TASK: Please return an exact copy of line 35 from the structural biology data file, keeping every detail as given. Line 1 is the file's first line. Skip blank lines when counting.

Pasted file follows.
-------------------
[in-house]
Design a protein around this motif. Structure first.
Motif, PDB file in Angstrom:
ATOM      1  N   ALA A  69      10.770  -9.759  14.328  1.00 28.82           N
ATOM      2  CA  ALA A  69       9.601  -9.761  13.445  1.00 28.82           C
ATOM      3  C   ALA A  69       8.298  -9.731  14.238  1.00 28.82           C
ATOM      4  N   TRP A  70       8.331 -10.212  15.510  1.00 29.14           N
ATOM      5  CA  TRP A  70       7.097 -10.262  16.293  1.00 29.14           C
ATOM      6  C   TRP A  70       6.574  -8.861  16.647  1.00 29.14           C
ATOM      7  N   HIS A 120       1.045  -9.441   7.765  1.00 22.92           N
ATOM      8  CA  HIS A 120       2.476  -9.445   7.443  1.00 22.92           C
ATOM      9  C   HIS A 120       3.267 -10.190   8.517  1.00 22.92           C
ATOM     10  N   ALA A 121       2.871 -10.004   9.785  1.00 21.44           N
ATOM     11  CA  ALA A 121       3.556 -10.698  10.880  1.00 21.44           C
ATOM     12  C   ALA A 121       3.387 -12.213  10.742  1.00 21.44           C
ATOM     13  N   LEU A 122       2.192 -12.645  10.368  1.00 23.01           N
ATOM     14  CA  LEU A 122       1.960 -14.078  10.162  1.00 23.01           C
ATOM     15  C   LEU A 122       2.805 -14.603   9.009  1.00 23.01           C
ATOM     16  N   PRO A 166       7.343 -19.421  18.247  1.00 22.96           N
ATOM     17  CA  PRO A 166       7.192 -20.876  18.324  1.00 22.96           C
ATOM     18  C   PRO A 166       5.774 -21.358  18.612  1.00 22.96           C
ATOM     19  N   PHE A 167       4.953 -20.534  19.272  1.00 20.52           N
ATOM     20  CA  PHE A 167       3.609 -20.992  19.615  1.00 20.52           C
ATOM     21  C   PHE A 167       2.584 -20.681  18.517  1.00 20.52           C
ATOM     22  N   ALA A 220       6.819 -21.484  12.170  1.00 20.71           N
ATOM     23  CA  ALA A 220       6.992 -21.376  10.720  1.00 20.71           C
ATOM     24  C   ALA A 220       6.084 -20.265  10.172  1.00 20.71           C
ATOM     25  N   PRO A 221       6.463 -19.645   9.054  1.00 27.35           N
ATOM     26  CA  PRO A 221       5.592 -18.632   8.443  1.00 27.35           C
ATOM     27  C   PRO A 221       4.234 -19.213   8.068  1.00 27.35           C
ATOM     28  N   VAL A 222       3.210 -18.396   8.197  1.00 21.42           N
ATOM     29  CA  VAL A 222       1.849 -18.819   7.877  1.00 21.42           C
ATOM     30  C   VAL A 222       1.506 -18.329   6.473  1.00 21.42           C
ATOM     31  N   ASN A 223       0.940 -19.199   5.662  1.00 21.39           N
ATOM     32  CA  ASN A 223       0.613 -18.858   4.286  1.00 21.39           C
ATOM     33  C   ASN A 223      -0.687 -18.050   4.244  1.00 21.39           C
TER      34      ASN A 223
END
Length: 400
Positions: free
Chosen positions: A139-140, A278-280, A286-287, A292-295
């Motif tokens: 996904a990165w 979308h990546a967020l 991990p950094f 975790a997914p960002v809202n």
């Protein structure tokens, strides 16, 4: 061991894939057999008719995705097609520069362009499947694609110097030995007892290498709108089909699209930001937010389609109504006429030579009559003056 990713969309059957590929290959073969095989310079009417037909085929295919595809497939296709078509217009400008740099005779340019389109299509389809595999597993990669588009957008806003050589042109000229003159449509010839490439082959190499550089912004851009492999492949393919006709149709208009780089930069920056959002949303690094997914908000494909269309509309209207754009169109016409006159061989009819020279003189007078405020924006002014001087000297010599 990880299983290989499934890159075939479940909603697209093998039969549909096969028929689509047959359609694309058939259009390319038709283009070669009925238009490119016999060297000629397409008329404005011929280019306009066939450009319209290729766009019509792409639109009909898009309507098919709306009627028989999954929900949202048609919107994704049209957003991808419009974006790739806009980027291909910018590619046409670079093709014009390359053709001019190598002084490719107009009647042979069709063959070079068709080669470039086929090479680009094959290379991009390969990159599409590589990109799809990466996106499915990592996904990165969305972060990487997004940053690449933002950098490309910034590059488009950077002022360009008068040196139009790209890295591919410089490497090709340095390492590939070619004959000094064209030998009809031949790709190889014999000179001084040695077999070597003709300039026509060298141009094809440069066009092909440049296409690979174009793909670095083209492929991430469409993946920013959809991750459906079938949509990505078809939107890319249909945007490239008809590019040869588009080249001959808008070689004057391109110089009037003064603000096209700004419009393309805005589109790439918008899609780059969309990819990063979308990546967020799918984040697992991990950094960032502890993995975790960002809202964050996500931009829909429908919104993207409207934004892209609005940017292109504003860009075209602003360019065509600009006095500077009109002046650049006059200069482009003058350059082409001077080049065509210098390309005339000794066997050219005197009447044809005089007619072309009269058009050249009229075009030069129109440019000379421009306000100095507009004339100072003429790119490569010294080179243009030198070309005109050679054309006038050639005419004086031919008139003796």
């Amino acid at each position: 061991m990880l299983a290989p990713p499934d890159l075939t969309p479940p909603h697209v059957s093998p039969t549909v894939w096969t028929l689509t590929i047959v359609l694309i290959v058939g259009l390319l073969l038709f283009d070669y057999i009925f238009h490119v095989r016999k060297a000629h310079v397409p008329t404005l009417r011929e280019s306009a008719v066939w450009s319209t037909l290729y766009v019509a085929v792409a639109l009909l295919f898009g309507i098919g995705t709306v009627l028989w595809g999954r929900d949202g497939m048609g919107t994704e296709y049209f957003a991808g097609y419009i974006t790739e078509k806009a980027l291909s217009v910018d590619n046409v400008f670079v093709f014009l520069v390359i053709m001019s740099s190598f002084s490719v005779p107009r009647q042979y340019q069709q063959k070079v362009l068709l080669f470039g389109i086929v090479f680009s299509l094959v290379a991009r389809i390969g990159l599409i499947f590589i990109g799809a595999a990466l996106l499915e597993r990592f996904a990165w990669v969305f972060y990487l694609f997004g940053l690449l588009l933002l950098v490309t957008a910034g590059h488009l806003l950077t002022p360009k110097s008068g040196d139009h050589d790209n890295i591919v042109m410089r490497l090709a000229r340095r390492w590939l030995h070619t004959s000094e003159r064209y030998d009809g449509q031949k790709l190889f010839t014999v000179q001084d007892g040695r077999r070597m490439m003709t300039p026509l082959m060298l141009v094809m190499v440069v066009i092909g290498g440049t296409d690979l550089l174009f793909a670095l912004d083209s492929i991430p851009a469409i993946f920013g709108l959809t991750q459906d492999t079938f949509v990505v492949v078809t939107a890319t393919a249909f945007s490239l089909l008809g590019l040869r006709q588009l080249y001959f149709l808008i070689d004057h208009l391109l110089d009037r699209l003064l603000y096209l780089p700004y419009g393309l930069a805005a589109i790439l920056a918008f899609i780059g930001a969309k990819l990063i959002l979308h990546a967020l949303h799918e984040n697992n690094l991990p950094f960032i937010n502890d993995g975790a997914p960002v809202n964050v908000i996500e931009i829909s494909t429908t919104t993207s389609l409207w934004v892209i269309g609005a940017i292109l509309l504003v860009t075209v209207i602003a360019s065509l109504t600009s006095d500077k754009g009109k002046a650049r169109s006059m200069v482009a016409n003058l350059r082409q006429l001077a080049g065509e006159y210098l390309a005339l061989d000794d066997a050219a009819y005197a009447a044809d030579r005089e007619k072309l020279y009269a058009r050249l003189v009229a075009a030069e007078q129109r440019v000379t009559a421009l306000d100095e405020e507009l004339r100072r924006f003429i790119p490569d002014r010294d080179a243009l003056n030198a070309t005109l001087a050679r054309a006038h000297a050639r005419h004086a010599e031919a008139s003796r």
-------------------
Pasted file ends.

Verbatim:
ATOM     32  CA  ASN A 223       0.613 -18.858   4.286  1.00 21.39           C